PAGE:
No winner in drug-price balancing act

Cantillon: Patients have one shot at treatment but what if it is deemed too expensive?

Jordan Perez (11) has a rare muscle-wasting and life-limiting disease. He and his mother, Sinead, like many others, place their hope in access to Spinraza. Photograph: Ciara Wilkinson

There are no winners when it comes to a decision to withhold payment for a new drug.

First there are the patients, often desperate, especially those with a rare disease for which no other treatment is available. Then there is the Health Service Executive, cast in the role of Scrooge but obliged to make decisions based in large part on the available budget. Finally, there are the pharma companies, an easy target, which must try to make a return on costly investment in research and development – including in those many other aspiring drugs that never make it to market.

And amid all this emotion is the National Centre for Pharmacoeconomics (NCPE), charged with making level-headed decisions on cost effectiveness of new drugs against a necessarily subjective set of parameters – most importantly the value one places on the quality of human life.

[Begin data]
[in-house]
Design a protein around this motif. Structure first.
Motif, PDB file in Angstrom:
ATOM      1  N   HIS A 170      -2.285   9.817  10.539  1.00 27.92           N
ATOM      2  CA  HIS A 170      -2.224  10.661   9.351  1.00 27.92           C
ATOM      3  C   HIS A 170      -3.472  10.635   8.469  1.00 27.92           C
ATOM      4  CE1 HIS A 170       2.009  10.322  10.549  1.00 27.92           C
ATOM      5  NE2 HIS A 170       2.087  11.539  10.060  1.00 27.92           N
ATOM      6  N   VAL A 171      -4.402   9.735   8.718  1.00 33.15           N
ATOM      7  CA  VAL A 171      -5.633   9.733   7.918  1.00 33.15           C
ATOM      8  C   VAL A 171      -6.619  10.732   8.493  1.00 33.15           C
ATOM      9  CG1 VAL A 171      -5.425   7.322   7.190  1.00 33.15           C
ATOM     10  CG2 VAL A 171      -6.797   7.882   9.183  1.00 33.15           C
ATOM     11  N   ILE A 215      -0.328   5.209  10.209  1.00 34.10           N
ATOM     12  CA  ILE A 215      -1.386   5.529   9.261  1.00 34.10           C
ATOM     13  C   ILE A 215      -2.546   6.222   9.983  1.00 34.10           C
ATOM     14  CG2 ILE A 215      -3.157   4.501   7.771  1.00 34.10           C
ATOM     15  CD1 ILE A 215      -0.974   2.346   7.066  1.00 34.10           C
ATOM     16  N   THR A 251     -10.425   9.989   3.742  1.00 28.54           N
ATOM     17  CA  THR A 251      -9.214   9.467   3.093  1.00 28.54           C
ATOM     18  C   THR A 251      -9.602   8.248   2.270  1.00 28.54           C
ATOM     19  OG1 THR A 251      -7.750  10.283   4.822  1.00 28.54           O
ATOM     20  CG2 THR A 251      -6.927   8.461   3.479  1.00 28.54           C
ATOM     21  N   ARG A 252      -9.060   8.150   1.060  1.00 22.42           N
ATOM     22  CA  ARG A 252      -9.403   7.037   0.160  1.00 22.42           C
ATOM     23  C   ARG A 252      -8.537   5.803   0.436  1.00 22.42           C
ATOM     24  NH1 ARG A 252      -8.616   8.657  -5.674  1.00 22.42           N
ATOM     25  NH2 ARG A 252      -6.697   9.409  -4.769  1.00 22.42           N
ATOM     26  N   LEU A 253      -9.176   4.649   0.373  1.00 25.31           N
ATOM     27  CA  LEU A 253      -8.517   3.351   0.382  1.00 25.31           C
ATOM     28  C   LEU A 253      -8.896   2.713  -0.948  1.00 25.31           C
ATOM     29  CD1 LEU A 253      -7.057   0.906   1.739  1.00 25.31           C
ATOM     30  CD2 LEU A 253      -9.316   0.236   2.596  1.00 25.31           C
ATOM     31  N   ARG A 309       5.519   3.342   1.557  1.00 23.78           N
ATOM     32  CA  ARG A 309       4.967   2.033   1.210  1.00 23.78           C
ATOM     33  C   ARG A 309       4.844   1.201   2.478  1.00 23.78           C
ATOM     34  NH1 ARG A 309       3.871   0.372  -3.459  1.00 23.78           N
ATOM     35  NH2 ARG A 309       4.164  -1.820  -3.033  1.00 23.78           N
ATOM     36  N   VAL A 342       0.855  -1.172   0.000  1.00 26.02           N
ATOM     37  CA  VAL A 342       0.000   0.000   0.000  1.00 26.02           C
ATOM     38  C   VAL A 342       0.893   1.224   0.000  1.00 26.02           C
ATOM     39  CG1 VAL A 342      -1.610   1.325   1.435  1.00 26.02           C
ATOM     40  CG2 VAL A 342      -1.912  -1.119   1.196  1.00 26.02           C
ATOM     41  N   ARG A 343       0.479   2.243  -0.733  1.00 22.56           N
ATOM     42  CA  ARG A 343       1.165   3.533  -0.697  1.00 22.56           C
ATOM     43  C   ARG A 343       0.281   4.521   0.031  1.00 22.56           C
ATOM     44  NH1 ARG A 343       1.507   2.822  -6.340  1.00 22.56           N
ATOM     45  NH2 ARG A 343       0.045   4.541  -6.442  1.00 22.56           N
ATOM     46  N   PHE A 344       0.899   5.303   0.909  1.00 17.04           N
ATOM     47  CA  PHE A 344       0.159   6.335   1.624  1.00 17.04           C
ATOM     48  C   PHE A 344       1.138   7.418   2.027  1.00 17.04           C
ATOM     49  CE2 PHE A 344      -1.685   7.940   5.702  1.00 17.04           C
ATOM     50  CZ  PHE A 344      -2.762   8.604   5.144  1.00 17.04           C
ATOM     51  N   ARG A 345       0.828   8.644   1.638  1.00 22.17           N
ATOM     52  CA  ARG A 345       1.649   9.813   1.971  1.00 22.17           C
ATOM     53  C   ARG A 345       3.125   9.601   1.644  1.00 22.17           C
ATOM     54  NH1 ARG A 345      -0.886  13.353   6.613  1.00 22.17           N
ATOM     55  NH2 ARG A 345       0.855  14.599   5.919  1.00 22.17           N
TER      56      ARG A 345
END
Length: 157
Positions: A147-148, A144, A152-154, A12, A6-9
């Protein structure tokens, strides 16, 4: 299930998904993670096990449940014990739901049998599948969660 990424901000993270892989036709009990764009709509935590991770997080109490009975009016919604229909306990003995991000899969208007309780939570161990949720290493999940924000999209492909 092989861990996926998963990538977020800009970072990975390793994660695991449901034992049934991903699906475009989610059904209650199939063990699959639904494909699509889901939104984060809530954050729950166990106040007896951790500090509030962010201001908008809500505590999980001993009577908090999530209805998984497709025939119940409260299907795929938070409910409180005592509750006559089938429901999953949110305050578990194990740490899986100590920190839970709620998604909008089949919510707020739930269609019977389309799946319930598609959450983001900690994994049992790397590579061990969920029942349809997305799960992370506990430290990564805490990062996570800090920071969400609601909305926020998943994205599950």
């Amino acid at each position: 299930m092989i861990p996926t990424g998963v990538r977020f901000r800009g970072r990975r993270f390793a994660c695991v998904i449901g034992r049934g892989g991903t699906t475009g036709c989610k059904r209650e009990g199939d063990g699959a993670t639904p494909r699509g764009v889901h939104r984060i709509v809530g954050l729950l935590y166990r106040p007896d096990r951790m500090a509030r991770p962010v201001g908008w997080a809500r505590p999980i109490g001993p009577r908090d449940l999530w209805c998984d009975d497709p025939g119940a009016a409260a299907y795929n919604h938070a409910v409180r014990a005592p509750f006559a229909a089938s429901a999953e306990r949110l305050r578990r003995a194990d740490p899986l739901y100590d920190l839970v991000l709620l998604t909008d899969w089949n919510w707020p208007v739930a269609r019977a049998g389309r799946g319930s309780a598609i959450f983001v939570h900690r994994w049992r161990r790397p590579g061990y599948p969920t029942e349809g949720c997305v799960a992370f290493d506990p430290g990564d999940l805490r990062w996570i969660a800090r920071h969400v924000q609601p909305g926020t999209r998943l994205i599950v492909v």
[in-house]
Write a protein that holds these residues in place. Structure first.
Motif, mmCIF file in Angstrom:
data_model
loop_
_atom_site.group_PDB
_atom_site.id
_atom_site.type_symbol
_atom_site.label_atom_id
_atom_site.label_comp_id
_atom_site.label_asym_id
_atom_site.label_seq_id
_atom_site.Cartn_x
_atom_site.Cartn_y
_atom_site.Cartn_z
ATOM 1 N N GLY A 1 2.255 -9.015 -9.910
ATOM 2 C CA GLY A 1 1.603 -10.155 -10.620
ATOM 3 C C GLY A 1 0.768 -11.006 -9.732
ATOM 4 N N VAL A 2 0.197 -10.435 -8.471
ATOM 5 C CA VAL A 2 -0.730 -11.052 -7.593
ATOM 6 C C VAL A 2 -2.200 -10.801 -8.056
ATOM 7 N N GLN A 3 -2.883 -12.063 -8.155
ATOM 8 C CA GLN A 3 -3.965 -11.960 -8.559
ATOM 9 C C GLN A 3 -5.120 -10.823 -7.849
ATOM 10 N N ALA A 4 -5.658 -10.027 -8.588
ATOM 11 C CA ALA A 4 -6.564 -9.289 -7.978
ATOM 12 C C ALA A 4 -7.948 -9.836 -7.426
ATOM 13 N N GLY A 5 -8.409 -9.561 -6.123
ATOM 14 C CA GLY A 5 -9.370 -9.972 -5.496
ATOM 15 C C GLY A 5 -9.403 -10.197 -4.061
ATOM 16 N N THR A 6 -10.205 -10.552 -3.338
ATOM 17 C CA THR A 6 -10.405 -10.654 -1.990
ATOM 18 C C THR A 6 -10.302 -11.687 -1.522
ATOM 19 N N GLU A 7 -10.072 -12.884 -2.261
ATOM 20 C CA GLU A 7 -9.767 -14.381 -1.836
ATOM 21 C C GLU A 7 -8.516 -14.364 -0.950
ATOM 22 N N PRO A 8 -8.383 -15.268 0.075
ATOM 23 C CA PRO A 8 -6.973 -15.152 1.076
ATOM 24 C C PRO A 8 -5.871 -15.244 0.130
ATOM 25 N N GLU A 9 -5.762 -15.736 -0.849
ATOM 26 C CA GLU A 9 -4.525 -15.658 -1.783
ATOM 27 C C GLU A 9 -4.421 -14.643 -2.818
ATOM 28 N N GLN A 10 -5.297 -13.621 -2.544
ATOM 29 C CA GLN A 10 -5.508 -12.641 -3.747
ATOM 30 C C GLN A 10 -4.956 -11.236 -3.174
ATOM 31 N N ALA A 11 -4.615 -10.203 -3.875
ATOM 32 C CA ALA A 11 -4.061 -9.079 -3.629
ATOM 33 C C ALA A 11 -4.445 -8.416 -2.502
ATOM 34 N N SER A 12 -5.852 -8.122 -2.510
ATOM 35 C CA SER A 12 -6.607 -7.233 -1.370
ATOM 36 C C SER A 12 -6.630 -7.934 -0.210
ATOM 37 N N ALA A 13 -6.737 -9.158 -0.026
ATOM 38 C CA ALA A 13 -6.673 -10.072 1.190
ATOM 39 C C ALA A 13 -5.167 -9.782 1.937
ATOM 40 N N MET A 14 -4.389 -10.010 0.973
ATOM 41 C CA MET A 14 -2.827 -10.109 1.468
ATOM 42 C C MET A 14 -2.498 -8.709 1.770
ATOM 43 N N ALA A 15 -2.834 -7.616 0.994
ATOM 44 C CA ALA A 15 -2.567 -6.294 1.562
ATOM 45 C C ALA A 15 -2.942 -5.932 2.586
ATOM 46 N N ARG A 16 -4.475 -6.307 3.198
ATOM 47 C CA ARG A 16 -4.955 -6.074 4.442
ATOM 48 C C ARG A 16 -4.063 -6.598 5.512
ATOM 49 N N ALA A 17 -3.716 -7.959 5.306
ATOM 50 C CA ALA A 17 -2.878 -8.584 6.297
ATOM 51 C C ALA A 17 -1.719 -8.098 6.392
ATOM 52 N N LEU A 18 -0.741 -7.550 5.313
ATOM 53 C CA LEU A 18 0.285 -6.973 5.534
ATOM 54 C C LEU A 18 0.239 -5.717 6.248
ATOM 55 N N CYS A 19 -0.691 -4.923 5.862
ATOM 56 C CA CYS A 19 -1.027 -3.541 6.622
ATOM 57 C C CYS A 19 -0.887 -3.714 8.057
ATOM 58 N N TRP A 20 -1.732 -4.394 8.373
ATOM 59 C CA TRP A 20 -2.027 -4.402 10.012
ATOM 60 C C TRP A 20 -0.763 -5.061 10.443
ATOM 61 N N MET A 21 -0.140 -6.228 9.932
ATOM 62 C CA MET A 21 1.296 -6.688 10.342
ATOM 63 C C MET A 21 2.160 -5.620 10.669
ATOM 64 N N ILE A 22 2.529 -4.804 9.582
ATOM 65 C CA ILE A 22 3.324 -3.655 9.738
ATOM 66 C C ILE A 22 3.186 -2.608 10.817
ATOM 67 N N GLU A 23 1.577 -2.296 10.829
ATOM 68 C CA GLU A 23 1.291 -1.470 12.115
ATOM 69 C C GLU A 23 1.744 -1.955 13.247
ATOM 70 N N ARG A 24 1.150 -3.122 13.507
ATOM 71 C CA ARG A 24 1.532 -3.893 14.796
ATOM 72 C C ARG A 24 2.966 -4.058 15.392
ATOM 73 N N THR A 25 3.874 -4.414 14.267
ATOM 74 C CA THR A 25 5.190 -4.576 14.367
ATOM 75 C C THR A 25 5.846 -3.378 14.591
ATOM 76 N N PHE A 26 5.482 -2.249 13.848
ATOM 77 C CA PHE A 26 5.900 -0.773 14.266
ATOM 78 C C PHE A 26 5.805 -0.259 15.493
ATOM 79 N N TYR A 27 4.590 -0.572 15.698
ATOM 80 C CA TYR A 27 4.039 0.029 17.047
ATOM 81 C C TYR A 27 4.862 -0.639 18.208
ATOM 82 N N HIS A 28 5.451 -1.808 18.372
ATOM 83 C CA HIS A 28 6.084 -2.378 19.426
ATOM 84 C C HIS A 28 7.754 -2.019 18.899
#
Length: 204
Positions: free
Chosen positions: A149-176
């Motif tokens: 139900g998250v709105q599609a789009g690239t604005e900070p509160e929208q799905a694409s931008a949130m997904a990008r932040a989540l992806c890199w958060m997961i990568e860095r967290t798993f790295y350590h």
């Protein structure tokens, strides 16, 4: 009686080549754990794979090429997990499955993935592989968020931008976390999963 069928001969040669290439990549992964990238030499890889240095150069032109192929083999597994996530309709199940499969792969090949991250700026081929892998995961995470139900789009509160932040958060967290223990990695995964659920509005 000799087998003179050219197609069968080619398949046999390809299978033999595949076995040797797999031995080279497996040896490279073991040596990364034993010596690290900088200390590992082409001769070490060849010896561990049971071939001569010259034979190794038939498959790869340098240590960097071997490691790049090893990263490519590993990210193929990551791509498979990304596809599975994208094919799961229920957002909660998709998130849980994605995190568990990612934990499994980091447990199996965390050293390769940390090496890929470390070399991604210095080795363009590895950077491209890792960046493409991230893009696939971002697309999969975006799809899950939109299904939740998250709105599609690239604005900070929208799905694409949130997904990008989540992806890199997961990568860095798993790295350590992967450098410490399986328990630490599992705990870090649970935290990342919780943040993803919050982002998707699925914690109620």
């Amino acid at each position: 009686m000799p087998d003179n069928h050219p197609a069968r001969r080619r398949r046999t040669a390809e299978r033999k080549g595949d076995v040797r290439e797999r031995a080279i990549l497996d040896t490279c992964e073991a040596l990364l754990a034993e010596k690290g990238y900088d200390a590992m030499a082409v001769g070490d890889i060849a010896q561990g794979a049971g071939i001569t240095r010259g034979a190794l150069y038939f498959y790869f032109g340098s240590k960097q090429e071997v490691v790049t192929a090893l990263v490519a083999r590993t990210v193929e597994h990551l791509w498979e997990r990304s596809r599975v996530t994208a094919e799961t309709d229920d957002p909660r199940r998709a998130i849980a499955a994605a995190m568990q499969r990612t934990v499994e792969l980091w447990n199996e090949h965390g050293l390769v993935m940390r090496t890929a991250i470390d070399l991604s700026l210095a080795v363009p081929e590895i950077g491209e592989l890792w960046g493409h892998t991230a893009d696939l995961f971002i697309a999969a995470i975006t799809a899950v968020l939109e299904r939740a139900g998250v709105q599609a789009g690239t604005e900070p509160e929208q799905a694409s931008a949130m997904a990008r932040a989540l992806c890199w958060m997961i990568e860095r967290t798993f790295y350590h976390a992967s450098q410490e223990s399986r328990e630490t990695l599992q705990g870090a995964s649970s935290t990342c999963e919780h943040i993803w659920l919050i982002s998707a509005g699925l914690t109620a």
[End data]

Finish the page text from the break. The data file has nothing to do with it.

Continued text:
That is precisely where 26 Irish patients, often small children, with the generally fatal muscle-wasting condition spinal muscular atrophy, now find themselves – alongside Biogen, the company whose drug, Spinraza, has been rejected, health service chiefs and Minister for Health Simon Harris.


Value for money

Is the drug value for money?

The NCPE says no. The price must be cut tenfold to find value.

Despite the clamour in Ireland, the agency’s findings are supported by a new study funded by Biogen and published this month in Sweden where they have actually approved the drug.

And in the US, a report last week by the independent drug-pricing watchdog, the Institute for Clinical and Economic Review, found that the "current pricing of Spinraza would require a substantial discount to meet traditional cost-effectiveness ranges".

Crucially, it added that, “as with all treatments for ultra-rare conditions, judgments of overall value require consideration of contextual issues and broader benefits for patients and families”. Pricing that in a world of tightening budgets is the real challenge.